Eleven-year-old Nina Parry noticed a man sitting outside her neighborhood QFC. She and her mom brought him food. But there were others.
“Ever since I can remember, I've been seeing homeless people asking for money or just sitting in the streets being cold,” she said.
To learn more, she decided to report on homelessness for her fifth-grade class at Hazel Wolf K-8 STEM School in North Seattle. She reached out to KUOW using our question submission form. Reporter Kate Walters followed up.
This is their conversation, edited for length.
Kate: First, let’s recap how big this story is. We know there are nearly 4,000 people sleeping on the street in Seattle. About 4,500 more people are sleeping in things like shelters. County-wide it balloons out to more than 11,000 people.
There are as many causes for homelessness as there are homeless people. But a few root causes can be true for a lot of different people.
One is that rents have skyrocketed in recent years. Some people just can't afford to live in their homes anymore.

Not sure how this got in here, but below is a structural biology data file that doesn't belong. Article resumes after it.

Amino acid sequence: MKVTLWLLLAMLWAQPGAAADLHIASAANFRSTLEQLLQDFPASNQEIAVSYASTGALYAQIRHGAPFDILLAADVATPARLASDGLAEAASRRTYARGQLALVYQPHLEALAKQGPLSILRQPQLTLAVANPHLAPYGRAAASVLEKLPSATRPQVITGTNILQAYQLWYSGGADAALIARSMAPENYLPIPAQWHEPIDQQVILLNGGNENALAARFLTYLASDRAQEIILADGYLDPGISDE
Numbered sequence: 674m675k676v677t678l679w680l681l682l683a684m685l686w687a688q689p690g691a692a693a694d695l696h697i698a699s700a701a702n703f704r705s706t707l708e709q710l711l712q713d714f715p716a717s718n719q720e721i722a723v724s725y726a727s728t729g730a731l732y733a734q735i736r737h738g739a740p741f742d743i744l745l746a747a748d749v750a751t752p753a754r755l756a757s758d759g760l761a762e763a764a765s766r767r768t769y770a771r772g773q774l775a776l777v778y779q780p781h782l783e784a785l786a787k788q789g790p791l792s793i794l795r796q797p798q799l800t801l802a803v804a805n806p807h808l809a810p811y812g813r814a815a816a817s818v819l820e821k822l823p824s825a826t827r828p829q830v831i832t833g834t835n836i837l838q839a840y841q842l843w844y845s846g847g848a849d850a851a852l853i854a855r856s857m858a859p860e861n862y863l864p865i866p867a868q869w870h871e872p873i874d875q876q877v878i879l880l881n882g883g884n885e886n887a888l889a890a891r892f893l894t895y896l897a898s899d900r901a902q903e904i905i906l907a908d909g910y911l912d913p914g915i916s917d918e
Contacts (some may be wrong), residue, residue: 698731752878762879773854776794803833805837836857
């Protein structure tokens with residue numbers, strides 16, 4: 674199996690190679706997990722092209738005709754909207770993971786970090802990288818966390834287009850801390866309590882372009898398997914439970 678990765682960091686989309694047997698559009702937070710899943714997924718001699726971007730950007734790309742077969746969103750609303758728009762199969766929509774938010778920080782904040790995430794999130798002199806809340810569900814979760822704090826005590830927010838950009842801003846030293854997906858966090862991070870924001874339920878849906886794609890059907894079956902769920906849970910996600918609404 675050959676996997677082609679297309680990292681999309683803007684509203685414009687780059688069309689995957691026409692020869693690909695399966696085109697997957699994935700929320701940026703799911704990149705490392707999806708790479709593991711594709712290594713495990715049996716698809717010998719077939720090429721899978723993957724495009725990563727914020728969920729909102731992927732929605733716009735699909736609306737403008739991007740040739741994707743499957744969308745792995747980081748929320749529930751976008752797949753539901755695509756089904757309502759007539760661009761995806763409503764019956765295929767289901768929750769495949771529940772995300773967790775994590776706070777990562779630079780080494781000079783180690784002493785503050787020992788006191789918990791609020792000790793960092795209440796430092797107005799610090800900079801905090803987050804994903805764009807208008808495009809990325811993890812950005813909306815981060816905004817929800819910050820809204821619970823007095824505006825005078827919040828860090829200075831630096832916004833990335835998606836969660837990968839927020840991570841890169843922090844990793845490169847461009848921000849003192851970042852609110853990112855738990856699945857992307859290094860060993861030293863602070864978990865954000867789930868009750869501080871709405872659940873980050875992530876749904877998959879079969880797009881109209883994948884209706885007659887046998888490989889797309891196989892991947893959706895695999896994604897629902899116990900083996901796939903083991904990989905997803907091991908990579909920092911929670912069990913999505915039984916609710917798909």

Another cause is a lack of treatment options for mental health and addiction.
Kate: Yes. Black people in Seattle and King County are five times more likely to be homeless than their white neighbors; Native Americans in the community are seven times more likely to be homeless than their white neighbors.
It comes with systemic racism. The black population is overrepresented in the criminal justice system.
When people leave jail, they can face real barriers trying to find employment and housing. Housing discrimination has also been a problem with people of color for a long time.
Kate: A woman that I’ve met up with multiple times over the last few years has been homeless on and off, living on the streets or in shelters. She told me that she misses being able to do laundry or cook a meal or have a shower or go to the bathroom. Living outside she was stressed, because she was afraid to go to sleep.
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Another woman told me that, especially in winter, when people are living outside and they get wet, they can't get dry very easily. They are constantly damp for a period of time which can be really bad; it's difficult to keep sores or wounds clean.
It can also be difficult to take some regular medications if you don't know when you're going to eat next.
Nina: I just kind of thought about what would happen if people thought about it more. It would be better if people knew what impact it had on our city. It's not just one person's problem. It affects all of us.
Produced for the web by Bond Huberman.